Exam malpractice is also fast assuming the status of an industry. That is why it is difficult to kill it in our schools. Laziness, desperation on the part of student is a factor. Teachers who make money from the practice are fuelling it. Schools that want ‘good results’ by all means are a culprit. At the same time, some parents get so desperate that they collude with their children to commit malpractice. Three years ago, a man was caught in Abuja writing UTME for his child! What do all of these tell us? Our children are largely what we are or what we make them to be.
Some years ago too, a group of secondary school pupils were caught in the street gang-raping some girls in Lagos. You know why? They were said to be celebrating the completion of their secondary education. There have been others who outright rape fellow pupils, while media reports also indicate that some young boys did rape older women, including the aged. Are we surprised? We shouldn’t be. Rape is rife in our society. Teachers, imams, pastors, fathers are being caught in rape sagas. Indeed, the rate at which some evil men are being caught raping their daughters is alarming, so that you begin to ask: what is actually happening?
Since the students catch some of these vices on the Internet and social media, we should, as a matter of policy, integrate digital knowledge into our curriculum. The reason is that we will be able to give them grounding and focus on the positive values of the Internet. They need to know how to research on subjects that will elevate them intellectually, morally and creatively. But if we just leave them to blindly jump into the ocean of the confounding diverse materials online, they are likely to get addicted to negativity. Likewise, parents should take interest in what their children surf, what they watch online; the music they listen to and films they watch. It is hardly possible to completely keep your phone away from your children just as you cannot help buying it for them when the time is ripe for it. But we should find ways of knowing what they do with the device. They need our counselling, they need our guide.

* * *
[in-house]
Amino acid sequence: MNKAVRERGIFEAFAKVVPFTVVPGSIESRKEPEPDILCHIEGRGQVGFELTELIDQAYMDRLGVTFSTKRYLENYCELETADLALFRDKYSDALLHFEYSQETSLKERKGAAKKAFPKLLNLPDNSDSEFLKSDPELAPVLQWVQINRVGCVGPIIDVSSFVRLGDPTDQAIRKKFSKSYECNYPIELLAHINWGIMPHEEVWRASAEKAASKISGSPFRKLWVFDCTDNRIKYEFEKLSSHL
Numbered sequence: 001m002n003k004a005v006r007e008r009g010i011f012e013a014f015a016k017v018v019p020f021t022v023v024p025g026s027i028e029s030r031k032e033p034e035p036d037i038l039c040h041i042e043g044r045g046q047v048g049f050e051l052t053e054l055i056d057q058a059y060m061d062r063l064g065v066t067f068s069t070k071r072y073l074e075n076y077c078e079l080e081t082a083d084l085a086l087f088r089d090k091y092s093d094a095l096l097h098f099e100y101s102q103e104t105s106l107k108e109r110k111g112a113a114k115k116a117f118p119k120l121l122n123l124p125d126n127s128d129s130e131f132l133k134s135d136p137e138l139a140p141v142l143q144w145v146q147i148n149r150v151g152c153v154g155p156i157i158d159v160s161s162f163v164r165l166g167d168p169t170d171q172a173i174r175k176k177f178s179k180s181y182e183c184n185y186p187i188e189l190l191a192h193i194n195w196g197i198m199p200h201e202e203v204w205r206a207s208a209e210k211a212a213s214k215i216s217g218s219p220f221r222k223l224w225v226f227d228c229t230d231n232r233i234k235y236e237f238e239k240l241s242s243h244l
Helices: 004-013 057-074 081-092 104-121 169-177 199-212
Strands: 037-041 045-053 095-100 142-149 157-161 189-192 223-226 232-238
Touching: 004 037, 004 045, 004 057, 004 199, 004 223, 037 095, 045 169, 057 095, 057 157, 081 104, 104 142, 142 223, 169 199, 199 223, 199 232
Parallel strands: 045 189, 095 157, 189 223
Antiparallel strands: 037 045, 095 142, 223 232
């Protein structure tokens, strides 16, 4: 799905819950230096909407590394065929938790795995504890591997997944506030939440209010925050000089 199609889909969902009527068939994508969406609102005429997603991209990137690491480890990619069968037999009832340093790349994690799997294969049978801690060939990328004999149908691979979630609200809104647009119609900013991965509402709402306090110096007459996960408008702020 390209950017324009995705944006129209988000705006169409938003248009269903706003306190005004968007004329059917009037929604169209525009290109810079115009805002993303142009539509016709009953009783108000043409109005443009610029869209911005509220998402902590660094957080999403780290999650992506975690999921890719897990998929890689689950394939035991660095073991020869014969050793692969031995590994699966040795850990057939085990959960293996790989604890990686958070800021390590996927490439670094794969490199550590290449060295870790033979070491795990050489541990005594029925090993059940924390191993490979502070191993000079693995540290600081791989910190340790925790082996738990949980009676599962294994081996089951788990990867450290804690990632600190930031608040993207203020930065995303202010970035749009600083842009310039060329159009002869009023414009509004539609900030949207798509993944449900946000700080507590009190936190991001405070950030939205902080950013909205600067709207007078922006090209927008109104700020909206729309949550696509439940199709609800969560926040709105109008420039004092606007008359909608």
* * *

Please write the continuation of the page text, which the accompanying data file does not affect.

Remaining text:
Too much fraud is perpetrated online. The Yahoo Yahoo fraud ‘business’ has become an albatross on the neck of our country, and younger students are also being indoctrinated by more advanced ones. Every right thinking person should, as a matter of fact, be scared by the growing waves of Yahoo Yahoo. Each time suspects are arrested in groups – groups that can be up to six, eight, 10 or more – I get stunned, embarrassed and scared. And I believe all of us should.
If we have to face the fact, some of the crises we face in our schools cannot be completely rooted out. But they can be managed or turned into positive trends. One of such is that associated with the entertainment industry revolution. Since we agree that it is gulping much of the time of many students, we should try to balance it with training on other vital areas the students may not have been paying attention to. Among such is entrepreneurial and financial education. This will provide a kind of balance in their orientation, to the extent that some of them can also begin to see the business side of the music, football or comedy they are getting addicted to. We need to reinforce the curriculum with contents relating to history, culture, indigenous languages and religious studies. The more we try to run away from these values, the more we land in the mud of immorality. Our cultures and our language are, for instance, like our shadows. Yet, we keep trying to divorce them. When all the chips are down, these are what will keep the students in check.